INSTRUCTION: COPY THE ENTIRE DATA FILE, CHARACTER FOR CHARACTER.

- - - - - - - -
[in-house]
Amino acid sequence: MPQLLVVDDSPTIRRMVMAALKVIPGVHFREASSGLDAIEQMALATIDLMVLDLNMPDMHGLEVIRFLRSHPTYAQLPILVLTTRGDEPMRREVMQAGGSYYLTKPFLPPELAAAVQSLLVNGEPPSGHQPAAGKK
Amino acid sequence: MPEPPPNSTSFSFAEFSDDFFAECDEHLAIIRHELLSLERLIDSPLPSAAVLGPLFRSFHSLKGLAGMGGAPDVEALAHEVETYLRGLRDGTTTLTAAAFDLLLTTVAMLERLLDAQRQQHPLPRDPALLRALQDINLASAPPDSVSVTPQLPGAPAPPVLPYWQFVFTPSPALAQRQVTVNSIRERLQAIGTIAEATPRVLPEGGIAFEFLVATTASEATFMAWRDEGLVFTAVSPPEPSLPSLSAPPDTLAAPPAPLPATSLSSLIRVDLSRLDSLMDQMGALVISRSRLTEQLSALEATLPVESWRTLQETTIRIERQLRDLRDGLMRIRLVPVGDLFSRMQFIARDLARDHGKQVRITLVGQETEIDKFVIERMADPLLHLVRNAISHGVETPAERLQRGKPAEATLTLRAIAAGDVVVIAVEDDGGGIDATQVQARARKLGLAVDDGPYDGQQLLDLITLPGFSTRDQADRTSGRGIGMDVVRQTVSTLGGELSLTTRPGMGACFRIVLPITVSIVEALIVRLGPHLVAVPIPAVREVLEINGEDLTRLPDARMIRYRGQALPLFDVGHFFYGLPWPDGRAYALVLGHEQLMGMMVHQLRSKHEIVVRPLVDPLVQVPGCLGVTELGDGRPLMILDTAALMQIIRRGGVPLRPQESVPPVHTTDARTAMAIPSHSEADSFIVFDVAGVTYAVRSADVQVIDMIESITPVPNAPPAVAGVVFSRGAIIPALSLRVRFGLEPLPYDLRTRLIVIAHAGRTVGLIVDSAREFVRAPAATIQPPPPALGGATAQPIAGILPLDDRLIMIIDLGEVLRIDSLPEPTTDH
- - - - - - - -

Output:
[in-house]
Amino acid sequence: MPQLLVVDDSPTIRRMVMAALKVIPGVHFREASSGLDAIEQMALATIDLMVLDLNMPDMHGLEVIRFLRSHPTYAQLPILVLTTRGDEPMRREVMQAGGSYYLTKPFLPPELAAAVQSLLVNGEPPSGHQPAAGKK
Amino acid sequence: MPEPPPNSTSFSFAEFSDDFFAECDEHLAIIRHELLSLERLIDSPLPSAAVLGPLFRSFHSLKGLAGMGGAPDVEALAHEVETYLRGLRDGTTTLTAAAFDLLLTTVAMLERLLDAQRQQHPLPRDPALLRALQDINLASAPPDSVSVTPQLPGAPAPPVLPYWQFVFTPSPALAQRQVTVNSIRERLQAIGTIAEATPRVLPEGGIAFEFLVATTASEATFMAWRDEGLVFTAVSPPEPSLPSLSAPPDTLAAPPAPLPATSLSSLIRVDLSRLDSLMDQMGALVISRSRLTEQLSALEATLPVESWRTLQETTIRIERQLRDLRDGLMRIRLVPVGDLFSRMQFIARDLARDHGKQVRITLVGQETEIDKFVIERMADPLLHLVRNAISHGVETPAERLQRGKPAEATLTLRAIAAGDVVVIAVEDDGGGIDATQVQARARKLGLAVDDGPYDGQQLLDLITLPGFSTRDQADRTSGRGIGMDVVRQTVSTLGGELSLTTRPGMGACFRIVLPITVSIVEALIVRLGPHLVAVPIPAVREVLEINGEDLTRLPDARMIRYRGQALPLFDVGHFFYGLPWPDGRAYALVLGHEQLMGMMVHQLRSKHEIVVRPLVDPLVQVPGCLGVTELGDGRPLMILDTAALMQIIRRGGVPLRPQESVPPVHTTDARTAMAIPSHSEADSFIVFDVAGVTYAVRSADVQVIDMIESITPVPNAPPAVAGVVFSRGAIIPALSLRVRFGLEPLPYDLRTRLIVIAHAGRTVGLIVDSAREFVRAPAATIQPPPPALGGATAQPIAGILPLDDRLIMIIDLGEVLRIDSLPEPTTDH